Donald Trump made a promise eight days ago and he’s already backing out. The POTUS said he met with United States Steel CEO Mario Longhi and promised the Keystone XL pipeline would be made with only steel sourced in the United States.
“Steel made in this country and pipelines made in this county,” he said, would be sourced nationally.
By Tuesday, Trump had changed his mind when addressing Congress. Instead, Trump said “new” American pipelines would “be made with American steel.”
Keystone XL developer, TransCanada, is apparently exempt from US sourced steel in the creation of the pipeline, according to Politico.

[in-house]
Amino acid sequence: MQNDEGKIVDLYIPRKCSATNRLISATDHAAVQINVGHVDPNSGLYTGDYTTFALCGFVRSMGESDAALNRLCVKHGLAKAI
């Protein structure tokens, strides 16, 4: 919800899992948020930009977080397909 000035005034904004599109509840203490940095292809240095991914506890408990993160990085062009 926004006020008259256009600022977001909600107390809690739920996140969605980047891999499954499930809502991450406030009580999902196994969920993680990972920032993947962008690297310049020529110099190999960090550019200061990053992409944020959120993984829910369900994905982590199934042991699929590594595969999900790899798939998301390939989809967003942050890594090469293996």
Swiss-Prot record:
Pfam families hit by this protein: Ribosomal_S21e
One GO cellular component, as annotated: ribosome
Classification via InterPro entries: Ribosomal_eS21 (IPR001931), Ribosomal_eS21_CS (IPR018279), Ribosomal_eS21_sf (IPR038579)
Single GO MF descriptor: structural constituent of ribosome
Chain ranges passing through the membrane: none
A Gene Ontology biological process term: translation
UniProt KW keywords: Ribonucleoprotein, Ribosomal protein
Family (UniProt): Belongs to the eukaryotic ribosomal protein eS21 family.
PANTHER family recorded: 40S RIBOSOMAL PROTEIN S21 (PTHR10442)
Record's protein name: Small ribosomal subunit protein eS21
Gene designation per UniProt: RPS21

“Removing the steel condition could help persuade TransCanada to fully drop the $15 billion NAFTA complaint against the U.S., which it suspended earlier this week,” Politico adds.
Trump did follow-through on an agreement he signed which calls for “all new pipelines, as well as retrofitted, repaired, or expanded pipelines” inside the U.S. to use U.S. steel “to the maximum extent possible.”
“The Keystone XL pipeline is currently in the process of being constructed, so it does not count as a new, retrofitted, repaired, or expanded pipeline,” a White House spokeswoman said.
It didn’t take long to break from that rhetoric.
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James Kosur is the former Editor-In-Chief and co-founder of Hill Reporter. He recently served as an editor for Business Insider and various other publications. James and his partners sold Hill Reporter to a new owner in July 2019.